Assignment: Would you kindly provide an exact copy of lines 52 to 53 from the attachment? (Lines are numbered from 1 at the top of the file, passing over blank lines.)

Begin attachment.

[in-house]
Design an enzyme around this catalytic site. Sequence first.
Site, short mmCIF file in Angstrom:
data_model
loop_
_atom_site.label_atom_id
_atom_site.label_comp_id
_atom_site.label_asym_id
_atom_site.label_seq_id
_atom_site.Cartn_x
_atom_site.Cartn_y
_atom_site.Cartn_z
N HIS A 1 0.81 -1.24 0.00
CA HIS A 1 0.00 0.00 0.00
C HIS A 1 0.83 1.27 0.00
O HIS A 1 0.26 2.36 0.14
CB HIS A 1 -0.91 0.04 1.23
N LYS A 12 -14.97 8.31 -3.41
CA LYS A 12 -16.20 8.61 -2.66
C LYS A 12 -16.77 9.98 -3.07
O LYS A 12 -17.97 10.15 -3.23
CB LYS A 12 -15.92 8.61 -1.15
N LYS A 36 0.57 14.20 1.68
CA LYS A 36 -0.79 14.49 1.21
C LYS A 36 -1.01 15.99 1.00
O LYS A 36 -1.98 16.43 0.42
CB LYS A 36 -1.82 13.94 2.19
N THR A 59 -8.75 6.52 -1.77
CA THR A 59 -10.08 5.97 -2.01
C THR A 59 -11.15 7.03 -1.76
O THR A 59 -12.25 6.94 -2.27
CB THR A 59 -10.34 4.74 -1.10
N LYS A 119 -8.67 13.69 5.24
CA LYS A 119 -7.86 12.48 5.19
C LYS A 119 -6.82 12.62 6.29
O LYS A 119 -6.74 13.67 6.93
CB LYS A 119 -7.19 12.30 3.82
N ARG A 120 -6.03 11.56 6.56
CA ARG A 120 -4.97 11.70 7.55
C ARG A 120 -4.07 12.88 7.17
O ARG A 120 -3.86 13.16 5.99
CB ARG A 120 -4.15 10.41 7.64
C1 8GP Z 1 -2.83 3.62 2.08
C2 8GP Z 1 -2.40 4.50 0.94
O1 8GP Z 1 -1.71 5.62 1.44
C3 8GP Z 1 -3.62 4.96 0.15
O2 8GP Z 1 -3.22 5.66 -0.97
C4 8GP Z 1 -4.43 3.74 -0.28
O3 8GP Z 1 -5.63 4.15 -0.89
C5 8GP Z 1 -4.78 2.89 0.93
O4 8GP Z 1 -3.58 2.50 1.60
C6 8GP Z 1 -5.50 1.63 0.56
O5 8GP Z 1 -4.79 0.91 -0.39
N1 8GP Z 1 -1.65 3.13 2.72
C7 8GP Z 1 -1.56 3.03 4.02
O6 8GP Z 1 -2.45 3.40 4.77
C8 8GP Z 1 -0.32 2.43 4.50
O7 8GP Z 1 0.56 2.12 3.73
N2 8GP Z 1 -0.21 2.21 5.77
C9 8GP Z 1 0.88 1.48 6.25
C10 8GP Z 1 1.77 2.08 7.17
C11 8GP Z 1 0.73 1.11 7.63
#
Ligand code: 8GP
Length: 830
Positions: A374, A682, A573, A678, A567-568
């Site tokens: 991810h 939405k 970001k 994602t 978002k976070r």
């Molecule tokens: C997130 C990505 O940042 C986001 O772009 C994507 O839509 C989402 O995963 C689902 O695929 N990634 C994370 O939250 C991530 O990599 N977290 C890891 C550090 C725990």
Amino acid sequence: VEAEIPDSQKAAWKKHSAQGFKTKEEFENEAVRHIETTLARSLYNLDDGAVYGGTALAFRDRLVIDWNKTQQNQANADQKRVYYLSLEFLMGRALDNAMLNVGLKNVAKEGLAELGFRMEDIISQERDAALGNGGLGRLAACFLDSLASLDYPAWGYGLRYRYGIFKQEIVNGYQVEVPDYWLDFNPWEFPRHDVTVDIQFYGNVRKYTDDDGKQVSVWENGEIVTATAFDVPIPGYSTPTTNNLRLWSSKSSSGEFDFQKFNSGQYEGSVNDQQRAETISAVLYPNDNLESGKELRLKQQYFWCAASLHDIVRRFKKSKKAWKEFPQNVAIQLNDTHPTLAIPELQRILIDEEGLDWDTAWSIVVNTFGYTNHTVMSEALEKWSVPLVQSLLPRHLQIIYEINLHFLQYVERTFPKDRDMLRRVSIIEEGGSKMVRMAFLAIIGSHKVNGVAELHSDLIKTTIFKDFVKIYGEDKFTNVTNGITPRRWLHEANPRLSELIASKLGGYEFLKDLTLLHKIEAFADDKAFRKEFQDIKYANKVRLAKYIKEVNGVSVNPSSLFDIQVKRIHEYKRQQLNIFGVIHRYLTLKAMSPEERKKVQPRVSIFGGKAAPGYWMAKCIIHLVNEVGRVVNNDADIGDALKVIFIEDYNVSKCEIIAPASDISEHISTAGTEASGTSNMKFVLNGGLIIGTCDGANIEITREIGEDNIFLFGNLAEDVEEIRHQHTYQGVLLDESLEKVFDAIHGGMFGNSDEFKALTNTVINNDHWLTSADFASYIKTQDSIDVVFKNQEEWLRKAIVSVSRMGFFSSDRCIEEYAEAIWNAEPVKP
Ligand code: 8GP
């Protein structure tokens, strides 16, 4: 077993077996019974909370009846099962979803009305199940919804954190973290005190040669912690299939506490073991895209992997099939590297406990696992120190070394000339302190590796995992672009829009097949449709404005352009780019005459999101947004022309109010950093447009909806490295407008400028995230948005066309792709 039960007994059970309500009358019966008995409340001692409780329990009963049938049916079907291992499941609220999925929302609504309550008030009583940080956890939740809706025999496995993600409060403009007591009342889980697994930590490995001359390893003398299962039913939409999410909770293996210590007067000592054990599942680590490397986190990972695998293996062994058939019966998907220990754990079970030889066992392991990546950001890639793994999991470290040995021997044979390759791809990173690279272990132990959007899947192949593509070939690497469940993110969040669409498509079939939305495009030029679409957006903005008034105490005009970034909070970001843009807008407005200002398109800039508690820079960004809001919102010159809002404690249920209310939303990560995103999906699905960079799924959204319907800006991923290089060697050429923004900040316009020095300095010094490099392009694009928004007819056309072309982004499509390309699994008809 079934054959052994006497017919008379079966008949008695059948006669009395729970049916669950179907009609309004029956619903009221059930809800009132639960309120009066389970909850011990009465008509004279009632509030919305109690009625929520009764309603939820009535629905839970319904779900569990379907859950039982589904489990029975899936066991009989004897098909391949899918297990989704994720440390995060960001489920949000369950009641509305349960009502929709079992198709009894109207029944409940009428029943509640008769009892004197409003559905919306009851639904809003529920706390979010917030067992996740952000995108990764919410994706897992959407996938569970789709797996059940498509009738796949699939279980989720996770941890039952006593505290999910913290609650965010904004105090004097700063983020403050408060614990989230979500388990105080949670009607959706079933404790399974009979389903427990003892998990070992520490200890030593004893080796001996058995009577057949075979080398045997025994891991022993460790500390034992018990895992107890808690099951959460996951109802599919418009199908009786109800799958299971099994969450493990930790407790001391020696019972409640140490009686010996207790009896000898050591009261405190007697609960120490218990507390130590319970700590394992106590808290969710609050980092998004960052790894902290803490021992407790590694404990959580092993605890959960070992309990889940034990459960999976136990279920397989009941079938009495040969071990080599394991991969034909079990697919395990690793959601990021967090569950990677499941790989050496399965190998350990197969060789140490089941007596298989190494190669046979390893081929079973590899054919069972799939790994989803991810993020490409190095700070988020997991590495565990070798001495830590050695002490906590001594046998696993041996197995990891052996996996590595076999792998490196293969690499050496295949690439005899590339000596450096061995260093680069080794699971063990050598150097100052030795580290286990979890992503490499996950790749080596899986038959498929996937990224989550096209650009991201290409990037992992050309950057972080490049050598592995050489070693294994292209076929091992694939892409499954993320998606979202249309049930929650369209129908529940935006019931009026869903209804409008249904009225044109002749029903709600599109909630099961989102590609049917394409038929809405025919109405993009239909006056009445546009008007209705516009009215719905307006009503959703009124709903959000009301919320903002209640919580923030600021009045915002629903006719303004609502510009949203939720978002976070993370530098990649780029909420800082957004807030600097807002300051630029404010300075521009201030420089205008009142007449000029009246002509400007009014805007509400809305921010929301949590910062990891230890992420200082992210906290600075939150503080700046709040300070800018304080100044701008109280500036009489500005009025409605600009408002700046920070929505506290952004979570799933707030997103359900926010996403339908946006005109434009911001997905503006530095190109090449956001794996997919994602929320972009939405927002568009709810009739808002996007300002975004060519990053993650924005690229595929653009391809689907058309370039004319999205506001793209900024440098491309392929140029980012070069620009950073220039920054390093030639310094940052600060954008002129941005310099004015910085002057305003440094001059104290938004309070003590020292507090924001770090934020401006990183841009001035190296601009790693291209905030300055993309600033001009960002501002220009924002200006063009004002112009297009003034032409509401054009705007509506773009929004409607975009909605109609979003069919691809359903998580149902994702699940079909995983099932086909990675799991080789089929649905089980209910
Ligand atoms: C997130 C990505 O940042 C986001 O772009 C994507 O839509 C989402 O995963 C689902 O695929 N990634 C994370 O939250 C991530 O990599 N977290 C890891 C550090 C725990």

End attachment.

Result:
C6 8GP Z 1 -5.50 1.63 0.56
O5 8GP Z 1 -4.79 0.91 -0.39